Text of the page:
A Baseball Weblog
Friday, July 30, 2010
Thursday, July 29, 2010
Wednesday, July 28, 2010
What the Red Sox and Yankees seem most interested in is relief help; the Red Sox have a bullpen ERA/FIP/xFIP triple slash line of 4.45/4.81/4.68, and the Yankees' is 4.03/4.06/4.20. For the Sox, Hideki Okajima in particular has been a disappointment; his combination of increased walks (4.06 BB/9, a career high), decreased strikeouts (6.97 K/9, a career low), and an inability to get big outs (-1.18 WPA) has helped make him a below replacement level reliever so far. As for the Yankees, Damaso Marte's shoulder injury and Joba Chamberlain's habit of giving up a lot of hits have made them investigate the market for bullpen pitchers. The player that both teams are very interested in is Scott Downs. As of Sunday, they were considered by Fox Sports to be the front-runners in acquiring Downs. However, trading for him will certainly be difficult for both teams, as Blue Jays GM Alex Anthopoulos has demaded a very strong return package. From the Red Sox, Anthopoulos said that he would trade Downs for no less than either Casey Kelly or Jose Iglesias, who are both currently in Double A (click on the links for minor league stats from Baseball-Reference). As for the Yankees, the Blue Jays seemed to be in fierce pursuit of Chamberlain, and have reportedly given the Yankees the option of substituting Jesus Montero in the deal.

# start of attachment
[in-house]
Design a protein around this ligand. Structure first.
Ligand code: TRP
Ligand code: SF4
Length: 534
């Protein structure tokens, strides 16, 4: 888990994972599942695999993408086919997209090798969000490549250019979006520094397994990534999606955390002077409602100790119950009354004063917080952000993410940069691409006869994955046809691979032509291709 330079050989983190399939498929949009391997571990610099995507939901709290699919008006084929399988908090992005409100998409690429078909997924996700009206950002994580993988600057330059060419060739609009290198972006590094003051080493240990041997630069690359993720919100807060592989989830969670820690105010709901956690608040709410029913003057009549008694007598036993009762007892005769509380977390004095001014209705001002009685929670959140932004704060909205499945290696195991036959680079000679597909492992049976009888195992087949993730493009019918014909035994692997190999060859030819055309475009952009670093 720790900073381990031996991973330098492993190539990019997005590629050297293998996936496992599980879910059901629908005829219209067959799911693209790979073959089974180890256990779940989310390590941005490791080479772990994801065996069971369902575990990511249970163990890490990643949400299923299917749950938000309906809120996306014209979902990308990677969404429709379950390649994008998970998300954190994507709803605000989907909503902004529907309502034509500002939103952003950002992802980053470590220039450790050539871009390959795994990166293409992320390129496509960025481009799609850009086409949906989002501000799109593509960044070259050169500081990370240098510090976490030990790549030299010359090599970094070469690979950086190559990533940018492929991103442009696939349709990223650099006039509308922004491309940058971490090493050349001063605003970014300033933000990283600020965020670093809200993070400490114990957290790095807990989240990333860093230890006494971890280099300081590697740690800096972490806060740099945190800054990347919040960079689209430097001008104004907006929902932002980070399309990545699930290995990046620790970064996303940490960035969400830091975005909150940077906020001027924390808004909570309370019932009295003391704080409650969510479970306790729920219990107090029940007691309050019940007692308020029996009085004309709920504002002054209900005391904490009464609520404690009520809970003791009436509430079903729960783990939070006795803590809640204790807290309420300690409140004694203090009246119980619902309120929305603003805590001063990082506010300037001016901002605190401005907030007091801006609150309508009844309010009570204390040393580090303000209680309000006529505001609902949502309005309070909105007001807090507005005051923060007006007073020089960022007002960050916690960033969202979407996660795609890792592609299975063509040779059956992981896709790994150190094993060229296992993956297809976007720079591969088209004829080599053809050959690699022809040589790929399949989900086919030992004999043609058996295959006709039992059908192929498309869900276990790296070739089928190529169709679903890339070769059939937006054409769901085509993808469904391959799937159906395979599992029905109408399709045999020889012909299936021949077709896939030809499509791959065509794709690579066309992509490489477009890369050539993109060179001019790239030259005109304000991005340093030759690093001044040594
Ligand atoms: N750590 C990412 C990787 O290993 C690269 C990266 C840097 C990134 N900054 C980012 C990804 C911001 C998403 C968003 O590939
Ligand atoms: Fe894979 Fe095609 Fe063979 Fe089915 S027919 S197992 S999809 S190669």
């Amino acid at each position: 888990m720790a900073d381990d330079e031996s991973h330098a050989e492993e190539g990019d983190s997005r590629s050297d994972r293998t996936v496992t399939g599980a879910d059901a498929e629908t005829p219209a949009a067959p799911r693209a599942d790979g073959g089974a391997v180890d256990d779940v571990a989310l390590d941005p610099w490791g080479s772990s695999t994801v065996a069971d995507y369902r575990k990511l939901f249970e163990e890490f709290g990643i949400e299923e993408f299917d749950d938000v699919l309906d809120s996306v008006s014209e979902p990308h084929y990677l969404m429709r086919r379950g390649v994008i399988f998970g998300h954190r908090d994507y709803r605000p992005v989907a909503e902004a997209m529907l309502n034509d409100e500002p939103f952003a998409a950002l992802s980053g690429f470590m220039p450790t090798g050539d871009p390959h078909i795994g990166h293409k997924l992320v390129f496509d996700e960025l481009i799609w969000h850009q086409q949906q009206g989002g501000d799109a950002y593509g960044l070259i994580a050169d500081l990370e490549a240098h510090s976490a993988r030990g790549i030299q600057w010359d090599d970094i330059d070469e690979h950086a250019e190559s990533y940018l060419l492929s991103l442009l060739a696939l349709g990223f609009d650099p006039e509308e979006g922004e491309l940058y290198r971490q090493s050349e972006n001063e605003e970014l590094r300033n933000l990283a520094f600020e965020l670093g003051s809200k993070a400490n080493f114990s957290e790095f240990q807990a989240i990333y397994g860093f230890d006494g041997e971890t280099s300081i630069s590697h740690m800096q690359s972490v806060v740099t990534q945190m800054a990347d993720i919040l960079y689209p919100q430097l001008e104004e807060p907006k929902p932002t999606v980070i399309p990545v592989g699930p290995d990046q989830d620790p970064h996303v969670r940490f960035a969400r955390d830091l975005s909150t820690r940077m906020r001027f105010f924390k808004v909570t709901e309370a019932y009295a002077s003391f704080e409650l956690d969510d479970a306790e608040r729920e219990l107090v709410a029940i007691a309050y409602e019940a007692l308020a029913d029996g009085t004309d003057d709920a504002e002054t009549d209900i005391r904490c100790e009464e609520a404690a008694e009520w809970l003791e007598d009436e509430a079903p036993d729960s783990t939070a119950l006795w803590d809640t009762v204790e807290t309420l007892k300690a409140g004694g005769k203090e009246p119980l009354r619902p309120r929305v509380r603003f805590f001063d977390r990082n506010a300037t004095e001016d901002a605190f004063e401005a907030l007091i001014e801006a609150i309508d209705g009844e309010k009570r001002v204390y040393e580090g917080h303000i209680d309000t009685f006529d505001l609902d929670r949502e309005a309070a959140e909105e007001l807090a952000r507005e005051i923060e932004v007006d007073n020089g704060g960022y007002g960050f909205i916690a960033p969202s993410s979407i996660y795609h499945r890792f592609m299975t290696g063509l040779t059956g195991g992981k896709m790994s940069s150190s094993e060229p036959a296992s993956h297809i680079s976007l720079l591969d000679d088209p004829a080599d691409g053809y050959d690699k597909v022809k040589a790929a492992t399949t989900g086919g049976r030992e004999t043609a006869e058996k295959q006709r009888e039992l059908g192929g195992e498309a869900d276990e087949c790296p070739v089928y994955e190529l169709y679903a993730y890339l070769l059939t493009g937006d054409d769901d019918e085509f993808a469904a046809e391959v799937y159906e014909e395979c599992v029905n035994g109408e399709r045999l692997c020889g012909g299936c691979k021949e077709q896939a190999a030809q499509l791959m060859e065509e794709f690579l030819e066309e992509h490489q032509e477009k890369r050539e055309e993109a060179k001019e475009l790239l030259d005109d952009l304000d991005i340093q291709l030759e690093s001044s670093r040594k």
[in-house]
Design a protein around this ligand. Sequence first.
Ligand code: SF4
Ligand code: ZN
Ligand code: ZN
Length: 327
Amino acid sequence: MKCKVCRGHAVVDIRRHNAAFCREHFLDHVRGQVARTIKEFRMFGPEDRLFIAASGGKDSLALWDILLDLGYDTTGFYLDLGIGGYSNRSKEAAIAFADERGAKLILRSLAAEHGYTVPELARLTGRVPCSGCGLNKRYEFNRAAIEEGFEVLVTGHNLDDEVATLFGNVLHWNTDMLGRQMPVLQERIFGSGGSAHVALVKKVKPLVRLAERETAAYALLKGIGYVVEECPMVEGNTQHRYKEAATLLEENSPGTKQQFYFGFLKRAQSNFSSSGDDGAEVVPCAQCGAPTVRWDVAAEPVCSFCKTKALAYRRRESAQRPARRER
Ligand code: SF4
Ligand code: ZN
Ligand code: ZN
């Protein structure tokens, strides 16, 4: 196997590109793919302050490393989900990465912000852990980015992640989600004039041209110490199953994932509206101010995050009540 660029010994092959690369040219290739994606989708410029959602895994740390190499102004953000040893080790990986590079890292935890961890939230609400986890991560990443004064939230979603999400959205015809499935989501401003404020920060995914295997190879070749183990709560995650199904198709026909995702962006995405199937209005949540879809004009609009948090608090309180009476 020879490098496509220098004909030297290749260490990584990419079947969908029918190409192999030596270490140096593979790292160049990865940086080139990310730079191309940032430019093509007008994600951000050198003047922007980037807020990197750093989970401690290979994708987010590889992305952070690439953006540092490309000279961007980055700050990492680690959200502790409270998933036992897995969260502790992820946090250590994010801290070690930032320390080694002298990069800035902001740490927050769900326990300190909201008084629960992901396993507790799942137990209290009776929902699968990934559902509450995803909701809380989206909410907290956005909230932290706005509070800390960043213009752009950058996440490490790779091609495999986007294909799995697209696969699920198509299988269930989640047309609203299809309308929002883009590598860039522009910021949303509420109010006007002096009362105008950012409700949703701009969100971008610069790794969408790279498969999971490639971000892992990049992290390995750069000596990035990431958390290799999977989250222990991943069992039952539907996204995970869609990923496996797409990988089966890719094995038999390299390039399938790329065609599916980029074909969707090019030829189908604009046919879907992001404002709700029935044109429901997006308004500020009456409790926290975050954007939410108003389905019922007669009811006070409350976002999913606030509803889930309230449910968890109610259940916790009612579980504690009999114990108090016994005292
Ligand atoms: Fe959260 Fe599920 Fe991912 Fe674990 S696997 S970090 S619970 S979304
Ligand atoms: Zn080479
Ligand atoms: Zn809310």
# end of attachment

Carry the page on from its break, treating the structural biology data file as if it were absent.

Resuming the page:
Personally, I have a hard time imagining either team saying yes to the Blue Jays. Kelly and Igleias are considered two of Boston's top prospects, and Montero is viewed the same way in New York. Chamberlain is obviously having his share of struggles this year, but the Yankees seem unwilling to part with a 24 year old who can throw in the upper 90s. Scott Downs is an excellent reliever: he has both strikeout and groundball tendencies while keeping walks to a minimum (he's posted an xFIP under 4 in all of his five previous seasons with the Blue Jays). But combine his age of 34 and his free agency at the end of the season with the fact that relievers are less valuable than starters, and you get a mismatch in terms of what the buyers and sellers want.
Stats are from Fangraphs and Baseball-Reference.
Tuesday, July 27, 2010
Monday, July 26, 2010
Interestingly, the Rays have now been involved in an astounding four no-hitters over the past two seasons. Last July, they were no-hit in the perfect game by Mark Buehrle; this past May, they were once again on the losing end of a perfect game, this one by Dallas Braden; in June, they were victimized by Edwin Jackson in his no-hitter.
Sunday, July 25, 2010
Thursday, July 22, 2010